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A History of Philosophy in Epitome by Schwegler

Kant calls in this respect the transcendental schema


2.

THE TRANSCENDENTAL ANALYTIC.--It is the first problem of the Analytic to attain the pure conceptions of the understanding. Aristotle had already attempted to form a table of these conceptions or categories, but he had collected them empirically instead of deriving them from a common principle, and had numbered among them space and time, though these are no pure conceptions of the understanding, but only forms of intuition. But if we would have a perfect, pure, and regularly arranged table of all the conceptions of the understanding, or all the apriori forms of thought, we must look for a principle out of which we may derive them. This principle is the judgment. The general fundamental conceptions of the understanding may be perfectly attained if we look at all the different modes or forms of the judgment. For this end Kant considers the different kinds of judgment as ordinarily pointed out to us by the science of logic. Now logic shows that there are four kinds of judgment, viz., judgments of

_Quantity._ _Quality._ _Relation._ _Modality._ Universal, Affirmative, Categorical, Problematical, Plurative, Negative, Hypothetical, Assertive, Singular. Illimitable. Disjunctive. Apodictic.

From these judgments result the same number of fundamental conceptions or categories of the understanding, viz.:

_Quantity._ _Quality._ _Relation._ _Modality._ Totality, Reality, Substance and Possibility and inherence, impossibility, Multiplicity, Negation, Cause and Being and dependence, not-being, Unity. Limitation. Reciprocal action. Necessity and accidence.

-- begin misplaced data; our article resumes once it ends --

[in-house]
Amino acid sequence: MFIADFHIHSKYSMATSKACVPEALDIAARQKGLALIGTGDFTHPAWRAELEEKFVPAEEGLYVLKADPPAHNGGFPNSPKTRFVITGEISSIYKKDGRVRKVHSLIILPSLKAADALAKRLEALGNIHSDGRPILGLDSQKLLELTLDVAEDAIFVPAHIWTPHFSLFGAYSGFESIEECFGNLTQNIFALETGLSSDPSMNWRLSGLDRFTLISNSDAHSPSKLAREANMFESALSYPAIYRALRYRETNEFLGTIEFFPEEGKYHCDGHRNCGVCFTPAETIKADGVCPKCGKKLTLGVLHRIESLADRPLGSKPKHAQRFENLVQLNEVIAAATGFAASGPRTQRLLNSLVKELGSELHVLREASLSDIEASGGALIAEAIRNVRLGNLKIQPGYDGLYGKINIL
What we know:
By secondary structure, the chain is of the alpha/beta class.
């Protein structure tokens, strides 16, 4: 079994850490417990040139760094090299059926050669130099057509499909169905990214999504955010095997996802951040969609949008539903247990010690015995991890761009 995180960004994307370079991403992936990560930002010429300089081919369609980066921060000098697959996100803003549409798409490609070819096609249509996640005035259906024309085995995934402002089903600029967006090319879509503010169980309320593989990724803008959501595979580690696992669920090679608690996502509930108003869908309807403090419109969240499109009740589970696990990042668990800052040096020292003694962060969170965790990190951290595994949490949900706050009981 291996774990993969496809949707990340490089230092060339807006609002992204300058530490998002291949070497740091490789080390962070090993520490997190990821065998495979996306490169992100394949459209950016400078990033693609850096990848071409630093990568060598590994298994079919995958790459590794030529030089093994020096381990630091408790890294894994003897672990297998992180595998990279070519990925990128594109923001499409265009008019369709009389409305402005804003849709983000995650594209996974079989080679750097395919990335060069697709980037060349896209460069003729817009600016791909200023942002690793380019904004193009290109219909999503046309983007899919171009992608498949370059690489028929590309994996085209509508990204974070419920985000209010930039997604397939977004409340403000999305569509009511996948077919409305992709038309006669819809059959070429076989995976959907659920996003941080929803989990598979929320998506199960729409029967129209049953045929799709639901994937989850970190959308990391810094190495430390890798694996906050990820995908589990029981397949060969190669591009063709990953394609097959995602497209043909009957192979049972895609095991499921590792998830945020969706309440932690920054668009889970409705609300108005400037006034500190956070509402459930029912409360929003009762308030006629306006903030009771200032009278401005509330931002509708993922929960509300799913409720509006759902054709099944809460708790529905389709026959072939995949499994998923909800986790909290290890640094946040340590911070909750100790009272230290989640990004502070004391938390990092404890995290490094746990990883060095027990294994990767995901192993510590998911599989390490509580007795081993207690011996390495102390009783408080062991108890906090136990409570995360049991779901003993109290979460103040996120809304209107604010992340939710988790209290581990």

From these twelve categories all the rest may be derived by combination. From the fact that these categories are shown to belong apriori to the understanding, it follows, (1) that these conceptions are apriori, and hence have a necessary and universal validity, (2) that by themselves they are empty forms, and attain a content only through intuitions. But since our intuition is wholly through the sense, these categories have their validity only in their application to the sensuous intuition, which becomes a proper experience only when apprehended in the conceptions of the understanding.--Here we meet a second question; how does this happen? How do objects become subsumed under these forms of the understanding, which for themselves are so empty?

There would be no difficulty with this subsumption if the objects and the conceptions of the understanding were the same in kind. But they are not. Because the objects come to the understanding from the sensory, they are of the nature of the sense. Hence the question arises: how can these sensible objects be subsumed under pure conceptions of the understanding, and fundamental principles (judgments apriori), be formed from them? This cannot result immediately, but there must come in between the two, a third, which must have some thing in common with each, _i. e._ which is in one respect pure and apriori, and in another sensible. The two pure intuitions of the Transcendental AEsthetics, space and time, especially the latter, are of such a nature. A transcendental time determination, as the determination of coetaneousness, corresponds on the one side to the categories, because it is apriori, and on the other side to the phenomenal objects, because every thing phenomenal can be represented only in time. The transcendental time determination, Kant calls in this respect the transcendental _schema_, and the use which the understanding makes of it, he calls the transcendental _schematism_ of the pure understanding. The schema is a product of the imaginative faculty, which self-actively determines the inner sense to this, though the schema is something other than a mere image. An image is always merely an individual and determinate intuition, but the schema merely represents the universal process of the imagination, by which it furnishes for a conception a proper image. Hence the schema can only exist in the conception, and never suffers itself to be brought within the sensuous intuition. If, now, we consider more closely the schematism of the understanding, and seek the transcendental time determination for every category, we find that:


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